- The American Heart Association recommends the use of gamification and mobile health technology as a way to improve cardiovascular health outcomes and reduce healthcare costs (https://www.heart.org/en/news/2019/01/09/gamification-mobile-technology-may-help-improve-heart-health-outcomes-reduce-healthcare-costs).
- According to a study by the University of Utah, gamification can help patients with chronic diseases like diabetes to better manage their condition and improve their quality of life (https://www.ncbi.nlm.nih.gov/pmc/articles/PMC6161374/).
- According to a survey by HIMSS Analytics, 66% of healthcare organizations are using or plan to use gamification to engage patients and improve outcomes (https://www.himssanalytics.org/news/66-percent-healthcare-organizations-using-or-plan-use-gamification).
- A study published in the Journal of Diabetes Science and Technology found that a mobile game called “Finger Friendly Friends” improved blood glucose control in patients with type 1 diabetes (https://journals.sagepub.com/doi/abs/10.1177/1932296812466543).
- Another study published in the Journal of Medical Internet Research found that a mobile game called “Re-Mission” improved adherence to chemotherapy in adolescent and young adult cancer patients (https://www.ncbi.nlm.nih.gov/pmc/articles/PMC4164539/).
- A report by the International Data Corporation (IDC) found that by 2020, 60% of healthcare providers will have implemented some form of gamification (https://www.idc.com/getdoc.jsp?containerId=US40529816).
- A study published in the Journal of Medical Internet Research found that a mobile game called “Fit Brains Trainer” improved cognitive performance in healthy older adults (https://www.ncbi.nlm.nih.gov/pmc/articles/PMC5489083/).
Example of few leading mobile health games
- MyFitnessPal – A calorie and nutrition tracker that can help users set and achieve weight loss and fitness goals. Link: https://www.myfitnesspal.com/
- Headspace – A meditation app that provides guided meditations and mindfulness exercises to reduce stress and improve mental health. Link: https://www.headspace.com/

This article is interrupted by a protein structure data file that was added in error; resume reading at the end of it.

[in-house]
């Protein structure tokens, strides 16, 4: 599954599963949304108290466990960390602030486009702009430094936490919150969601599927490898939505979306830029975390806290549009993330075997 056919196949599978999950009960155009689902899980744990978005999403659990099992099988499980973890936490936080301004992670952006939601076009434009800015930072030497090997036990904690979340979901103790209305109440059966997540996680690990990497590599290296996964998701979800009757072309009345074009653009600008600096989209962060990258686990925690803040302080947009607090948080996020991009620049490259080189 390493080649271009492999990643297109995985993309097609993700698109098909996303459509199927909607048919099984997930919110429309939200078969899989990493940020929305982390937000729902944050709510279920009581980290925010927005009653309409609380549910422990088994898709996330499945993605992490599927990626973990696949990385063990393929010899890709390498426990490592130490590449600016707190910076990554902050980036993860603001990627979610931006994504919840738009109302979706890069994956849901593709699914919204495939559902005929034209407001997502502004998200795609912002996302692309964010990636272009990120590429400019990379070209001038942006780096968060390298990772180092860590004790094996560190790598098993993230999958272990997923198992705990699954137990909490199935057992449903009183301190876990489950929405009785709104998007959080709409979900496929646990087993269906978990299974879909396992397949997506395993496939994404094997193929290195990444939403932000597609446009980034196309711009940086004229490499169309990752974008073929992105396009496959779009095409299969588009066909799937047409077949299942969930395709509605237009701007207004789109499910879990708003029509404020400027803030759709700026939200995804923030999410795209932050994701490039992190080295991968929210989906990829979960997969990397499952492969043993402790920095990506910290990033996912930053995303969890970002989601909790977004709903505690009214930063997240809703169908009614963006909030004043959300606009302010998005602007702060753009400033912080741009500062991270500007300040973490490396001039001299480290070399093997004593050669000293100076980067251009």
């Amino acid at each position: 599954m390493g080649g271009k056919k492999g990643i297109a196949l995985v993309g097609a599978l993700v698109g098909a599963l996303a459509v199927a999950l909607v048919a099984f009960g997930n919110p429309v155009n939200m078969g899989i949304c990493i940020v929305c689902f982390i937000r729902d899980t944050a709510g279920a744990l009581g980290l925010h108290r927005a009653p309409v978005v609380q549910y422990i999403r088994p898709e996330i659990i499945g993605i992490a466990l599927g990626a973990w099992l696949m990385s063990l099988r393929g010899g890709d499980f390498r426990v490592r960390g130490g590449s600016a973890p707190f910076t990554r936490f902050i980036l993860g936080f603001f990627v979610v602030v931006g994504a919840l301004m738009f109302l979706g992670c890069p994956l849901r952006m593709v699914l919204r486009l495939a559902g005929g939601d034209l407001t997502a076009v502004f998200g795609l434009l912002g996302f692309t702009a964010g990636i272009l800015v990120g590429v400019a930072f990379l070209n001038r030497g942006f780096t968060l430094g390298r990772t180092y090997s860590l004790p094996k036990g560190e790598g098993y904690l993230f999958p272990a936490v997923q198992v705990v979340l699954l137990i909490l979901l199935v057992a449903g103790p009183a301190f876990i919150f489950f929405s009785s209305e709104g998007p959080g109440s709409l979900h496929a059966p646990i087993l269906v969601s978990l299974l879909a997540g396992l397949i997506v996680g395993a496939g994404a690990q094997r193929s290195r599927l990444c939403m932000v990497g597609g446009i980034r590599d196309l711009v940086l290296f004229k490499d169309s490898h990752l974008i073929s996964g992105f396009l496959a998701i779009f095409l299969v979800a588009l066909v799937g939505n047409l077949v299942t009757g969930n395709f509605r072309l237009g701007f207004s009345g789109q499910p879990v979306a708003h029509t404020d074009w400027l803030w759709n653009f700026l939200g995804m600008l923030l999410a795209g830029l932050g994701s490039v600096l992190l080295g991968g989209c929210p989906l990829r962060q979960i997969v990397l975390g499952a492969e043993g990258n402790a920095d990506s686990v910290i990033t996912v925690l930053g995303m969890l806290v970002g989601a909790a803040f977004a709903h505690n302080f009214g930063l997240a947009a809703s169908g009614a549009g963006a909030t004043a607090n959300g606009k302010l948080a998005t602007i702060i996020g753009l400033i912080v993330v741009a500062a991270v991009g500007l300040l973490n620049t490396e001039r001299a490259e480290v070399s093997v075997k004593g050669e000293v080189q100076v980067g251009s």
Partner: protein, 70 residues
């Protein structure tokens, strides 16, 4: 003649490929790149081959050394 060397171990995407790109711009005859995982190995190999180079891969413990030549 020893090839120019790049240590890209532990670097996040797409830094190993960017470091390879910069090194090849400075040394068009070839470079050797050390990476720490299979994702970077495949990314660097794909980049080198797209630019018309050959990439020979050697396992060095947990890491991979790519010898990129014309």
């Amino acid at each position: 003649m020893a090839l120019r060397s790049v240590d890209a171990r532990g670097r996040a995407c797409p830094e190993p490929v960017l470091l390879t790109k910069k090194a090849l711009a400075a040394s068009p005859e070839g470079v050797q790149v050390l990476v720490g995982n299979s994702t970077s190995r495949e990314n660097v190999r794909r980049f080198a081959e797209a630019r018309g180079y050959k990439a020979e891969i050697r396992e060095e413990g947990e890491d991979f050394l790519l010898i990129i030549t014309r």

- One Drop – A diabetes management app that provides blood glucose tracking, food logging, and personalized coaching to help users manage their diabetes. Link: https://onedrop.today/
- Fitbit – A fitness tracker that tracks daily activity, exercise, sleep, and heart rate, and provides insights and coaching to help users achieve their health and fitness goals. Link: https://www.fitbit.com/
- Happy Body – A fitness app that provides customized workout plans and video tutorials for users based on their fitness goals, fitness level, and equipment available. Link: https://happybody.tv/
- Calm – A meditation and sleep app that offers guided meditations, sleep stories, and breathing exercises to help users relax and sleep better. Link: https://www.calm.com/
- BetterHelp – A mental health counseling app that provides users with access to licensed therapists for online counseling and therapy sessions. Link: https://www.betterhelp.com/
- MyPlate by Livestrong – A nutrition and meal planning app that offers personalized meal plans, recipes, and food tracking to help users improve their eating habits and reach their health goals. Link: https://www.livestrong.com/myplate/
- HealthGift: Omron, a leading medical device manufacturer, has introduced a new way to improve hypertension and weight management through gamification with HealthGift. With this innovative approach, Omron is gamifying the use of blood pressure monitors (BPMs) and/or body composition monitors (BCMs) to make the process of monitoring health more engaging and motivating. Link: https://www.omronhealthcare-ap.com/healthgift/sg/
These are just a few examples of the many mobile health games and apps that are available to help users improve their health and wellness. By exploring different apps and finding the ones that work best for their needs and interests, users can make significant progress towards their health goals while having fun and staying motivated.
- “Gamification in Healthcare and Healthy Living” by Zaynab A. Hasan
- “Healthcare Games: Using Game Mechanics to Improve the Health and Well-Being of Seniors” by Katie McCurdy
- “Mobile Health: A Technology Road Map” by Rick Krohn and David Metcalf
- MobiHealthNews – https://www.mobihealthnews.com/ MobiHealthNews is a leading source of news and analysis on digital health, including mobile health games.
- Healthgamesresearch.org – http://www.healthgamesresearch.org/ Healthgamesresearch.org is a website that provides information on research related to the effectiveness of health games, including mobile health games.
- HealthTech Magazine – https://healthtechmagazine.net/ HealthTech Magazine covers the latest trends and developments in healthcare technology, including mobile health games.